The biggest sales gains in soft drinks last year came from those perceived to be healthier, such as water, juices and dairy drinks, but cola is still the largest sub-category. Jason Roots, sales manager at Bako London, says Coca-Cola and Diet Coke continue to be the best-sellers, but other drinks are making gains. “We have noticed growing sales of water, flavoured waters, juices and smoothies, but the biggest trend is a move away from cans into bottles – and this is good news for retailers, as bottles sell for more than cans,” he says.

His view is shared by Russell Jenkins, sales director at 22-store Camarthenshire-based baker David Jenkins. The company has traditionally stuck with the best-sellers – Coca-Cola, Diet Coke, Fanta and Sprite – but is now selling more bottles than cans.

Soft drinks are profitable, providing shrinkage is kept under control, and should be sold from self-select multi-deck units, Jenkins states. “We have to keep an eye on them because we do get a bit of pilferage. But if we didn’t sell them from these units, we wouldn’t sell any at all. On pricing we look at what the competition is doing, except for the supermarkets as we can’t compete with them.”

As well as the big national brands, the chain supports a local one – Princes Gate water – sourced from a nearby spring, which sells 330ml and 500ml bottles and accounts for a sizeable proportion of sales.

David Jenkins is supplied by Swansea-based wholesaler Top Pops, which it has been using for 30 years. “They offer very good prices and a very good service,” he says. “They used to deliver to our central warehouse, but the drinks took up so much room that we now have them delivered directly to stores. Some get two deliveries a week, others just one. But if we run out, they will come out to top us up.”

Potts Bakers in Barnsley, South Yorkshire, which stocks soft drinks in four of its five outlets, doesn’t sell cans at all – just bottles and cartons. “We would sell them in the fifth shop as well, but we are restricted to selling traditional bakery lines there,” says Roger Potts, joint managing director. In the other four shops it limits the range to Coca-Cola and Diet Coke – its best-sellers – Fanta, Lucozade, Ribena and Buxton waters, plain and flavoured. Potts says it recently switched to a new wholesaler for drinks called the Soft Drinks Company, which delivers directly to each store once a week. “Soft drinks are a profitable line for us,” he says. “We sell them for more than the recommended retail price and make a very decent margin on them.”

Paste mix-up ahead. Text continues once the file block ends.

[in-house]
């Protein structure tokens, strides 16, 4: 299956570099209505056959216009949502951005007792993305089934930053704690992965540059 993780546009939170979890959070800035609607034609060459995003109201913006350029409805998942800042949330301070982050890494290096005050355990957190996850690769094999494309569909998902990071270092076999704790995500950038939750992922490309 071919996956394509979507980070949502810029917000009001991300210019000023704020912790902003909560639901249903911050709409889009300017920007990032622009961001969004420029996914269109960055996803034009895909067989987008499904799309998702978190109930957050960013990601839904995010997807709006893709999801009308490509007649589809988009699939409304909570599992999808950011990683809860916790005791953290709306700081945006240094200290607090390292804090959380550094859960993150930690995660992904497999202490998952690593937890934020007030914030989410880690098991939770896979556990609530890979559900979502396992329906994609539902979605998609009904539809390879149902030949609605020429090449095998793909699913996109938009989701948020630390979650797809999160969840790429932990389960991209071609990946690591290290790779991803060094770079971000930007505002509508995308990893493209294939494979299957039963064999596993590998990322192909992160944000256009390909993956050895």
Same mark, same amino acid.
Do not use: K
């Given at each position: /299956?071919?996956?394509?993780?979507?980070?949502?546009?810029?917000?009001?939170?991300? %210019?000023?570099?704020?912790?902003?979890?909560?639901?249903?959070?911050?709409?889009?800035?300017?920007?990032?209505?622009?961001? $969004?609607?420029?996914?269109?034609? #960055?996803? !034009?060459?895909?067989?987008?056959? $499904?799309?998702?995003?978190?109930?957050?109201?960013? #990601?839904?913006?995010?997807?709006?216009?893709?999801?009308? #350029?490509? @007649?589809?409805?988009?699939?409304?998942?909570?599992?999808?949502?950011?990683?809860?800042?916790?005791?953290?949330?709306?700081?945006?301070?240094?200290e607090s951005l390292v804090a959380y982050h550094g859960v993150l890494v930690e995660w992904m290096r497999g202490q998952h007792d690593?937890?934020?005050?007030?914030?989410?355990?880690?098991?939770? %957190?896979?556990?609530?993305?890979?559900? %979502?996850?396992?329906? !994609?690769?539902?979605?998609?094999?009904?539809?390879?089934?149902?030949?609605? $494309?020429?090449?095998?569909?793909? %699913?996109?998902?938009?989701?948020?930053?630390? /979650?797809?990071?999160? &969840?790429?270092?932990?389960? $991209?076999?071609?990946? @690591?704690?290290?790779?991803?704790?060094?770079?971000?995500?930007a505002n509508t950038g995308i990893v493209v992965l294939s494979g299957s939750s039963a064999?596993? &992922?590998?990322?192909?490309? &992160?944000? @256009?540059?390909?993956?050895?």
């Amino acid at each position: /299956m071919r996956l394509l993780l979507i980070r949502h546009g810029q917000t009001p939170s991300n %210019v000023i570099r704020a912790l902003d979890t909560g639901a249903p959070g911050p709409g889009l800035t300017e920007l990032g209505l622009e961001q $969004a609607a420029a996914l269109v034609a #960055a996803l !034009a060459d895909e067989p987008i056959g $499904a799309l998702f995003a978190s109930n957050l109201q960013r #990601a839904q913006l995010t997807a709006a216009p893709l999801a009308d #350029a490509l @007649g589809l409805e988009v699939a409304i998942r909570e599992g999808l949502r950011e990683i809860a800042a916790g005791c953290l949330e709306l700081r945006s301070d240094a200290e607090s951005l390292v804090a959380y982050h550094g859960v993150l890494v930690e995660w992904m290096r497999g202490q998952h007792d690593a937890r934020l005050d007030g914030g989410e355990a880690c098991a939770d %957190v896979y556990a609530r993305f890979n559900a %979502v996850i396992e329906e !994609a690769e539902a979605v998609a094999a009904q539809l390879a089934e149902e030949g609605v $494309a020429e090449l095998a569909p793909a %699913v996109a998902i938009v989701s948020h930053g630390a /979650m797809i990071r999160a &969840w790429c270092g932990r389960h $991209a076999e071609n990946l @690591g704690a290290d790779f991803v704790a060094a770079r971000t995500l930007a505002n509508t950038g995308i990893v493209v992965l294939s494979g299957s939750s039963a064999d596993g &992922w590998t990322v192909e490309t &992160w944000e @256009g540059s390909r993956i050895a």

Alongside the dominant carbonated drinks, bakers need to make sure they offer bottles of a big water brand. According to Zenith International, UK bottled water sales rose by 5.3% last year, and are expected to rise from 2.1bn to 3bn litres a year by 2010. “Despite phenomenal growth over the past two decades, more consumers are turning to bottled water as their favoured soft drinks choice,” explains Zenith research director Gary Roethenbaugh.

According to BMRB International’s TGI survey – figures released by Zenith in April – the percentage of adults aged 15 and over who are drinking bottled water has risen from 35% in 2000 to 55% in 2005, with numbers of male drinkers increasing.